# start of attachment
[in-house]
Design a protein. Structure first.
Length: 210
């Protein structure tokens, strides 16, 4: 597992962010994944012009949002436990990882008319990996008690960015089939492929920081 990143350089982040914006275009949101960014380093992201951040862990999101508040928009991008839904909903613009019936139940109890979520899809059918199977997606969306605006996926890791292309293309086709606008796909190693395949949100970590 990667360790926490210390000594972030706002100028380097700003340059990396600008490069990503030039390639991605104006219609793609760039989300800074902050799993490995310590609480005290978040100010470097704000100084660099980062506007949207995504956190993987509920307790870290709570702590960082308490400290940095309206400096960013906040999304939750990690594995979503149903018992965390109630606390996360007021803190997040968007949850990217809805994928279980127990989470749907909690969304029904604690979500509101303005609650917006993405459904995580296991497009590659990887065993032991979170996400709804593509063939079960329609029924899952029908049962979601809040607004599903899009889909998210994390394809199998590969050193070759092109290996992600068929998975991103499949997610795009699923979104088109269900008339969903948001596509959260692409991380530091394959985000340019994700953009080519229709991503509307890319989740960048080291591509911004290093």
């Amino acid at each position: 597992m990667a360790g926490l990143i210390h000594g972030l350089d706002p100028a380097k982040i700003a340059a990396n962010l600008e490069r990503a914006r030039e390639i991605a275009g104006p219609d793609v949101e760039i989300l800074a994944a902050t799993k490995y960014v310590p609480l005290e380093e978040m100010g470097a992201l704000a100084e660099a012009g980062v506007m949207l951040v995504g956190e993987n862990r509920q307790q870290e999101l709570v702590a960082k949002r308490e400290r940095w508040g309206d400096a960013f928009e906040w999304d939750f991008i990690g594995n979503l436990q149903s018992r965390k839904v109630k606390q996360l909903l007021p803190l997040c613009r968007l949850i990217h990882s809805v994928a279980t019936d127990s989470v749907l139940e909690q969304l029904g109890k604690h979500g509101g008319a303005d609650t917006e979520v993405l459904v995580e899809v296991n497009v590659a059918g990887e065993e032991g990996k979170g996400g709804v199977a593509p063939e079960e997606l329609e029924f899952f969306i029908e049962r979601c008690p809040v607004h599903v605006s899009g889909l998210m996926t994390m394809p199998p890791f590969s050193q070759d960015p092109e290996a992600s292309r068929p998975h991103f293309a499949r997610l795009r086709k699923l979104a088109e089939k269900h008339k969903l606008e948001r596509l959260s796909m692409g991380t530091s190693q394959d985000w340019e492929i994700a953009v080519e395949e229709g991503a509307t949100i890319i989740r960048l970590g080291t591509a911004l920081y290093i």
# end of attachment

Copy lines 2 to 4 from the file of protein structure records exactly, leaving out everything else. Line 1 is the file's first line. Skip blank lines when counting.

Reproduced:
Design a protein. Structure first.
Length: 210
């Protein structure tokens, strides 16, 4: 597992962010994944012009949002436990990882008319990996008690960015089939492929920081 990143350089982040914006275009949101960014380093992201951040862990999101508040928009991008839904909903613009019936139940109890979520899809059918199977997606969306605006996926890791292309293309086709606008796909190693395949949100970590 990667360790926490210390000594972030706002100028380097700003340059990396600008490069990503030039390639991605104006219609793609760039989300800074902050799993490995310590609480005290978040100010470097704000100084660099980062506007949207995504956190993987509920307790870290709570702590960082308490400290940095309206400096960013906040999304939750990690594995979503149903018992965390109630606390996360007021803190997040968007949850990217809805994928279980127990989470749907909690969304029904604690979500509101303005609650917006993405459904995580296991497009590659990887065993032991979170996400709804593509063939079960329609029924899952029908049962979601809040607004599903899009889909998210994390394809199998590969050193070759092109290996992600068929998975991103499949997610795009699923979104088109269900008339969903948001596509959260692409991380530091394959985000340019994700953009080519229709991503509307890319989740960048080291591509911004290093």